Carl Gustav Jung (1875-1961), a Swiss psychiatrist is one of my favourite personalities from the 20th century, and that for many good reasons. It is very refreshing and special, if a person is able to break the limits of his/her cultural mindset and, combining the knowledge of the East and the West, create a new understanding of human development. First, some facts about C.G.Jung and then his most precious discovery – Collective Unconsciousness…
– Jung started on Latin when he was six years old, beginning a long interest in language and literature — especially ancient literature. Besides most modern western European languages, Jung could read several ancient ones, including Sanskrit, the language of the original Hindu holy books.
-Long an admirer of Sigmund Freud, he met him in Vienna in 1907. The story goes that after they met, Freud canceled all his appointments for the day, and they talked for 13 hours straight, such was the impact of the meeting. Freud eventually came to see Jung as the crown prince of psychoanalysis and his heir apparent. But luckily Jung had never been entirely sold on Freud’s theory.
-In 1921 he published Psychological Types a major work dealing with the relationship between the conscious and unconscious and proposing the recognition of the personality types extrovert and introvert. So we have ot thank him for this very practical take to a definition of a character!
-Jung’s work on himself and his patients convinced him that life has a spiritual purpose beyond material goals. Our main task, he believed, is to discover and fulfill our deep innate potential, much as the acorn contains the potential to become the oak, or the caterpillar to become the butterfly. Based on his study of Christianity, Hinduism, Buddhism, Gnosticism, Taoism, and other traditions, Jung perceived that this journey of transformation is at the mystical heart of all religions. It is a journey to meet the self and at the same time to meet the Divine. Unlike Sigmund Freud, Jung thought spiritual experience was essential to our well-being.
-Jung’s theory divides the psyche into three parts. The first is the ego, which Jung identifies with the conscious mind. Closely related is the personal unconscious, which includes anything which is not presently conscious, but can be. But it does not include the instincts that Freud would have it include.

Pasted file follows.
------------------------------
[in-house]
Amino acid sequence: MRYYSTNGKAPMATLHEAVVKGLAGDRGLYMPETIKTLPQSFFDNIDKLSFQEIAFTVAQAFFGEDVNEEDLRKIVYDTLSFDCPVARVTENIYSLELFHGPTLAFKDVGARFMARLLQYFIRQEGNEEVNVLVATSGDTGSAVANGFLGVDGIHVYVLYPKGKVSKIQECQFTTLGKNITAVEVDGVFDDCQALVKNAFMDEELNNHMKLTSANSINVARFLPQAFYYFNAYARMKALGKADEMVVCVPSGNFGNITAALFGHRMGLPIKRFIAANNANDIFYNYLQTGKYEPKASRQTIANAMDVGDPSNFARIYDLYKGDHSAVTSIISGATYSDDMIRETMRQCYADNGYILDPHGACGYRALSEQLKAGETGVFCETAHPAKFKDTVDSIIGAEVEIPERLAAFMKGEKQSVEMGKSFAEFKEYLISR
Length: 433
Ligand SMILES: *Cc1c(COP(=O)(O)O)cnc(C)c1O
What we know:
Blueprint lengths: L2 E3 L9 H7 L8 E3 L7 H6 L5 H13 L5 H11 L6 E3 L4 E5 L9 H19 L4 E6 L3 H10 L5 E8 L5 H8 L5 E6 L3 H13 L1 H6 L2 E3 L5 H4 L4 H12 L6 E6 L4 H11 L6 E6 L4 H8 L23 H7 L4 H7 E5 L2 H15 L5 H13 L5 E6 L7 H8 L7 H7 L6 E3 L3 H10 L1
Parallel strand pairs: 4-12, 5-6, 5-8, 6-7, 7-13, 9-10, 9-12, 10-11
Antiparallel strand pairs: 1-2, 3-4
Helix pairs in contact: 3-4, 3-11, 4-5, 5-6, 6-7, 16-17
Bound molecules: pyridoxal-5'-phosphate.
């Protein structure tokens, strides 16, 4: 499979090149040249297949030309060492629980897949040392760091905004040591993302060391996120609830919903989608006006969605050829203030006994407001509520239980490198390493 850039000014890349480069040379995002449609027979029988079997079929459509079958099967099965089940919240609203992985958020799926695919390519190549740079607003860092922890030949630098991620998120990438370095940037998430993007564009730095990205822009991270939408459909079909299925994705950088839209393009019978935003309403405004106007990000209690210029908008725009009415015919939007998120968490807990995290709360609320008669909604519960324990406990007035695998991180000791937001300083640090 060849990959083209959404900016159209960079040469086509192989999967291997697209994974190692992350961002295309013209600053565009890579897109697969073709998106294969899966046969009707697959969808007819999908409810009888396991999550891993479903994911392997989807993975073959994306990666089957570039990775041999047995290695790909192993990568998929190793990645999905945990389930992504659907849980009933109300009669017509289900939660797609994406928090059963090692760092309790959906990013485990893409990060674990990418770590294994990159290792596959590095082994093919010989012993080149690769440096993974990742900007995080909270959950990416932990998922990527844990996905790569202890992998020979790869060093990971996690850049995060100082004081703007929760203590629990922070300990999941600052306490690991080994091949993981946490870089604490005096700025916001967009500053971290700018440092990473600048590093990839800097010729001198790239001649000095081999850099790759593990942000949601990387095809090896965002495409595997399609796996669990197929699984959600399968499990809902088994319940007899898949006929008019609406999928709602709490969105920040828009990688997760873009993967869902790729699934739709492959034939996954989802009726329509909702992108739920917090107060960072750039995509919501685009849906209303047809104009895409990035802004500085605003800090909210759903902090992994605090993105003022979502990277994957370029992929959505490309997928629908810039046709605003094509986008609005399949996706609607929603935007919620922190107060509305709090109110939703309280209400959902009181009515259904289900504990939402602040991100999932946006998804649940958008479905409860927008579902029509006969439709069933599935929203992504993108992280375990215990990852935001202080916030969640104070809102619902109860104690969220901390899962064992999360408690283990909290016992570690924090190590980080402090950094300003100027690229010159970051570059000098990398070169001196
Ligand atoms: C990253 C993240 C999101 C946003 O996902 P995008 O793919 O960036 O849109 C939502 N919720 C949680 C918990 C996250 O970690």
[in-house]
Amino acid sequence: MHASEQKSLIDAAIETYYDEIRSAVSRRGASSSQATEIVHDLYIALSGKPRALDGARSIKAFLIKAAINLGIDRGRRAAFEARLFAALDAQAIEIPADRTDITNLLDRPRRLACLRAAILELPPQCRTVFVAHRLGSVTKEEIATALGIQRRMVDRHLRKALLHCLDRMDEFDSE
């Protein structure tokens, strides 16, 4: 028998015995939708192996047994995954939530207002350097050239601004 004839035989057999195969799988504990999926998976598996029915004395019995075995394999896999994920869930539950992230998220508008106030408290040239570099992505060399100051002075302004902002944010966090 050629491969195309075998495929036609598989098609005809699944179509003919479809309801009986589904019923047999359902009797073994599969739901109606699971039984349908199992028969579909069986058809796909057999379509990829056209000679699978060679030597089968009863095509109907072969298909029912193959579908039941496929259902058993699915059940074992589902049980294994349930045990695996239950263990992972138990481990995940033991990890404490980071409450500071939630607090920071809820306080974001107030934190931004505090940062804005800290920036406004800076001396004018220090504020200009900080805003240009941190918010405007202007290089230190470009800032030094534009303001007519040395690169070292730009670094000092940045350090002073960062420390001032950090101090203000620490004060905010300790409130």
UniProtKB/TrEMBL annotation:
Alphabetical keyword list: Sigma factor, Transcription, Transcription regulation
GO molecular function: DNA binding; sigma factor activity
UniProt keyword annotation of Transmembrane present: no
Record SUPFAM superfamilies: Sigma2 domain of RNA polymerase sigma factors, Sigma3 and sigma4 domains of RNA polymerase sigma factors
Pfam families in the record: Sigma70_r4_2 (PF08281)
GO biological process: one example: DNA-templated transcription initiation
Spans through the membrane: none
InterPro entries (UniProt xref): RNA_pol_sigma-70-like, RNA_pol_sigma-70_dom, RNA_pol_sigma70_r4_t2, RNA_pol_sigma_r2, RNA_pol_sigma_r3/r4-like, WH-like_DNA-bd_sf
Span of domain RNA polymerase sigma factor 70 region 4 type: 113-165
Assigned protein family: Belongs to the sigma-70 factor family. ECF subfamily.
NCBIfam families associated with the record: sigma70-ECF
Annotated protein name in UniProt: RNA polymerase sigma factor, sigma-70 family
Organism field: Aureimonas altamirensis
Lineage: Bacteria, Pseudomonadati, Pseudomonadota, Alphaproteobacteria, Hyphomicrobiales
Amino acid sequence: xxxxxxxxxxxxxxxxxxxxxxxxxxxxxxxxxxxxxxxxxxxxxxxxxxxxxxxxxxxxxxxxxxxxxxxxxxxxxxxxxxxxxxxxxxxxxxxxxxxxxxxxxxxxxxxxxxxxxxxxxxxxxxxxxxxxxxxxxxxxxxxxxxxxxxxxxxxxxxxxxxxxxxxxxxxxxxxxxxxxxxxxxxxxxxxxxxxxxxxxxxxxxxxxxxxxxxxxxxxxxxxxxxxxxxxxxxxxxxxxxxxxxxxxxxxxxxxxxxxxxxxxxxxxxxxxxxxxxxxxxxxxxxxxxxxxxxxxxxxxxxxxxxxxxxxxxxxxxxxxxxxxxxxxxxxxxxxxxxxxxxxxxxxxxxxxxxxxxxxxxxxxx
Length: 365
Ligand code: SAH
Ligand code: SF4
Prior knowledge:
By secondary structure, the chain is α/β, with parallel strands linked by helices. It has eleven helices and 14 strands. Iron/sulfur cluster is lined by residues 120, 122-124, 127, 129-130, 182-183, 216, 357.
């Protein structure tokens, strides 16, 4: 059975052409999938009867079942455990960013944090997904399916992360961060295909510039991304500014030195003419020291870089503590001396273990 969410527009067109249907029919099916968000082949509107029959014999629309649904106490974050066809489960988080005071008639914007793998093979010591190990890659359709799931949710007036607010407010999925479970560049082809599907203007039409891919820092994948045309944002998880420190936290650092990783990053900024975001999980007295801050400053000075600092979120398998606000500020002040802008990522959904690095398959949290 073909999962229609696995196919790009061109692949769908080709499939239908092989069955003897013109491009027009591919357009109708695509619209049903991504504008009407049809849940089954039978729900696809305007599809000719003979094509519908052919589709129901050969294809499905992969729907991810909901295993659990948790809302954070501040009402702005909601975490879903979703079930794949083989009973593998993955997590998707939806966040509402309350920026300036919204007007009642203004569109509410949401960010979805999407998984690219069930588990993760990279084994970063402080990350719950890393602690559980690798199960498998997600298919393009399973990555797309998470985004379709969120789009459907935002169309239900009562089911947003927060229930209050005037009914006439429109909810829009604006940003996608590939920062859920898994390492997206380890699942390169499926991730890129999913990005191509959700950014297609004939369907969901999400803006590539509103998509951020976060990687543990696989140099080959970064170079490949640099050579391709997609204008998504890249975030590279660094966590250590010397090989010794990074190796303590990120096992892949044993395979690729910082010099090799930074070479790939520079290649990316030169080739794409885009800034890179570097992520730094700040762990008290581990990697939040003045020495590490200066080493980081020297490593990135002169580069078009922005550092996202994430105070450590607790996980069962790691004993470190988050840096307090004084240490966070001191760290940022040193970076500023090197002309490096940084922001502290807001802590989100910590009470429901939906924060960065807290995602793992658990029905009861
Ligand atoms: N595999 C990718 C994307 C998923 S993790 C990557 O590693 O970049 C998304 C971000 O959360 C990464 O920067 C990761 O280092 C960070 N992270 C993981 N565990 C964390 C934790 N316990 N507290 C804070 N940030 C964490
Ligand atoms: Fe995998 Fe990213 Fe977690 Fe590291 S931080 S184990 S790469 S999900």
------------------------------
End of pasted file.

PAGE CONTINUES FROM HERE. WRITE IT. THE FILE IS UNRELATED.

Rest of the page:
Then Jung adds the part of the psyche that makes his theory stand out from all others: the collective unconscious. We could call it your “psychic inheritance.” It is the reservoir of our experiences as a species, a kind of knowledge we are all born with. And yet we can never be directly conscious of it. It influences all of our experiences and behaviors, most especially the emotional ones, but we only know about it indirectly, by looking at those influences. Interestingly, Jung`s idea of collective unconsciousness is obviously in contradistinction to Freud`s idea of unconscious mind.
There are some experiences that show the effects of the collective unconscious more clearly than others: The experiences of love at first sight, of deja vu (the feeling that you’ve been here before), and the immediate recognition of certain symbols and the meanings of certain myths, could all be understood as the sudden conjunction of our outer reality and the inner reality of the collective unconscious. Grander examples are the creative experiences shared by artists and musicians all over the world and in all times, or the spiritual experiences of mystics of all religions, or the parallels in dreams, fantasies, mythologies, fairy tales, and literature.
The contents of the collective unconscious are called archetypes – a good listing and explanation of them find here.
The Jung`s discovery of the Collective Consciousness, I believe, is on of the most crusial points to understand the humanity as total and every individual human being in particular. I will post on the possibility of the convenient access to the collective consciousness a bit later.